One reason the idea plays well, I suspect, has to do with extroversion and introversion. There are more extroverts than introverts out there, but writers tend to be introverted. So you've got a movie about an introverted person, which is probably going to be watched by an extrovert-majority audience. To an extrovert, the idea that you could draw creative energy from within yourself, in isolation from other people, is just instinctively wrong, because extroverts draw their energy from contact with others. Of course, then, to an extrovert, a writer writes more when they're in love: they're having contact with someone else, which means they get an injection of energy. Now, to an introvert - which the writer very probably was - that's a fallacy: you get your ideas from within (where else do ideas come from?) so the presence of another person may be anything from a nice extra to a positive distraction. But what it's not is a source of energy. As a contented introvert who dislikes being poked by people convinced extroversion is the only healthy way to be, I rather resent the implication. We aren't all the same, you know. And, more generally, it's likely to be an inaccurate portrait, which is seldom good for biopics.

An innocent audience may not realise any of these things, of course, and so these lit-roms get away with silly handling of the imaginative arts.

Another factor that makes it go over with innocent audiences is the romantic trance theory. I mentioned a while ago that among the numerous unanswerable remarks a writer encounters, one of them is 'This should inspire you!' when pointing at a pretty landscape, a good concert, a painting, or anything else that either is artistic itself, or is the kind of thing that some poet or painter, somewhere, some time, has produced art about. People write about love, a lot, so exposure to love makes you write, right? But it's based on a fundamental misunderstanding of the artistic process. In this misunderstanding, art is produced in a kind of trance. You can be pushed into this trance by exposure to anything associated with art, and in the trance, you produce art yourself. Art doesn't require conscious thought, it just flows into your brain when a stimulus starts you mainlining the Muse, and anything that came from the Muse can open that channel. Again, would that were so, but it ain't.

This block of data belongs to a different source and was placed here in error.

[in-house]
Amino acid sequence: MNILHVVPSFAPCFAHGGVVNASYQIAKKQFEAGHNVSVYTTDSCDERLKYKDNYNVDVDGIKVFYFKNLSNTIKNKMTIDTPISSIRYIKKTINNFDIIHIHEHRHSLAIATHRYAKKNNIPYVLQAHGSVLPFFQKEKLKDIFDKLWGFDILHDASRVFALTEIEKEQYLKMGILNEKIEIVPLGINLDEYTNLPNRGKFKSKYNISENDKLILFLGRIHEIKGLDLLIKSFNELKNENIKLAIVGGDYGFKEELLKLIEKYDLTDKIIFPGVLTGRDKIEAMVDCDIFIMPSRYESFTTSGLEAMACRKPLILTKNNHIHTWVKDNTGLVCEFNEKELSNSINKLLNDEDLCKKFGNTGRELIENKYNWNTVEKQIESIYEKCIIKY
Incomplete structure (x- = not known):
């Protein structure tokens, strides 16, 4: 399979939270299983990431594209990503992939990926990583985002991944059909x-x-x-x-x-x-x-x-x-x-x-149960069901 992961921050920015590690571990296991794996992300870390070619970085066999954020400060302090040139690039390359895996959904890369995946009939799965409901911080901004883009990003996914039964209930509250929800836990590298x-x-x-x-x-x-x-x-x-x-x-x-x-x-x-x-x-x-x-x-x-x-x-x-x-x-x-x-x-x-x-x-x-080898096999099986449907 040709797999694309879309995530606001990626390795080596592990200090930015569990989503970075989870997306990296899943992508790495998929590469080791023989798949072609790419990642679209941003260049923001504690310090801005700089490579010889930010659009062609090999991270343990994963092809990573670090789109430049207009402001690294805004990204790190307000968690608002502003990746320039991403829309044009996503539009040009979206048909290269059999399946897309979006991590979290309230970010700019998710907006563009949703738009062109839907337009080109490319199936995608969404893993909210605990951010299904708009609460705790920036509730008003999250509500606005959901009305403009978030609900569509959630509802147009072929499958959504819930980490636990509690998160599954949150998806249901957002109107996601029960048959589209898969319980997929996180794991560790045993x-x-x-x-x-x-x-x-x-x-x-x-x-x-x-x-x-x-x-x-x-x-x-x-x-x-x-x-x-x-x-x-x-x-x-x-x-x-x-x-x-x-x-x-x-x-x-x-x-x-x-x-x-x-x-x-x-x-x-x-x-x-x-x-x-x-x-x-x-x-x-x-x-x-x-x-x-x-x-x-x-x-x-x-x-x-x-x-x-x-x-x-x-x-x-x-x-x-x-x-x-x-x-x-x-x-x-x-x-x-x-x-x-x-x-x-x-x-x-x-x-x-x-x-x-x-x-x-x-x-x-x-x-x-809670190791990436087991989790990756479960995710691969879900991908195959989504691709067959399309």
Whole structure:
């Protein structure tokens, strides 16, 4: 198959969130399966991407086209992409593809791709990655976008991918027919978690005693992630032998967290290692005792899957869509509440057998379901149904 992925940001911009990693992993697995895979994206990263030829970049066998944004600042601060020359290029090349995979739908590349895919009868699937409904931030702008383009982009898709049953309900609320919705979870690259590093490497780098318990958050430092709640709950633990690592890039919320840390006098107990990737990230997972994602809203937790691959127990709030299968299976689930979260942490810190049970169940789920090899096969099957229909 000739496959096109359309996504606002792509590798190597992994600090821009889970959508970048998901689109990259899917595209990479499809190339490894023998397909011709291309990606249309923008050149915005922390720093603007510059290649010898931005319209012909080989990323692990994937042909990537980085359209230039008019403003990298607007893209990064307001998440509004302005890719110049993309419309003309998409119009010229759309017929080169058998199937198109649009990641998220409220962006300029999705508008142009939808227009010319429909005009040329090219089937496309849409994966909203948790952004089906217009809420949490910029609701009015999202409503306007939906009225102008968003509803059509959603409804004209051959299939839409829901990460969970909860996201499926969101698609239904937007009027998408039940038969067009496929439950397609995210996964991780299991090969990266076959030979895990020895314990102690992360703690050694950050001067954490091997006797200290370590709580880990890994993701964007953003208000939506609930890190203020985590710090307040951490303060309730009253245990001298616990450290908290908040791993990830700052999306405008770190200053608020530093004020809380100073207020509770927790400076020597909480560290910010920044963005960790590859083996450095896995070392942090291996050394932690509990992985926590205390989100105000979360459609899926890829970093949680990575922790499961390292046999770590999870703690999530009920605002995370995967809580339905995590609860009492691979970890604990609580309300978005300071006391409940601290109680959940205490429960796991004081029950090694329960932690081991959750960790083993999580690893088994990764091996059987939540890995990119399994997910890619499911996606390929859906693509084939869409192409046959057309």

But there's a problem with all these explanations. While it's possible that someone who doesn't write might assume that everything someone writes about love is based on personal experience, it's the assumption of someone who doesn't know how it's done: 'it must be based on real life, because nobody could, y'know, make stuff up like that!' So for the romantic trance theory: only someone who doesn't write thinks that everything vaguely romantic or artistic 'inspires' you. But that can't be what's going on here: it doesn't make sense. Because, let's remember, somebody actually has to write these scripts. Scripts don't write themselves. By definition, whoever is writing these scripts, they're writers themselves, and they must know that it takes more than a white rose, a glistening tear and an invigorating orgasm to make you write something brilliant.

Possibly screenwriters are unusually extroverted. I don't know any, so I cannot possibly say for sure; it's certainly a more collaborative process than most kinds of writing, and films are more comfortable about taking ideas from external sources: it's supposed to be a rule in Hollywood that you keep your ideas to yourself or somebody will nab them, and adaptations, remakes and sequels are all big business. It might be, I suppose, that extroverted screenwriters are remaking writers' lives to make them seem more instinctively correct, but if that's the case somebody needs to go and poke them, because introverts are misrepresented enough as it is.

Cynical marketing ploys to get people reading might be another explanation - read the author's books, which are just like the movie! - but I don't think the publishing industry is funding them, and if the aim is to make people consume more art, it would be more in Hollywood's interests to do romanticised biopics about directors and screenwriters, which I've yet to see. More probably, they're casting their nets out, assuming that fans of writer Smith will come to see the movie, and people who can't quite bother to read Smith will come as well in a kind of cinematic Cliffs-notes attempt to learn about Smith without actually reading anything. That may be one explanation, a sense that biopics are to some extent pre-sold - but that's a reason for commissioning the film, made at the executive level. The reasons for creating the story in the first place are likely to be less commercial.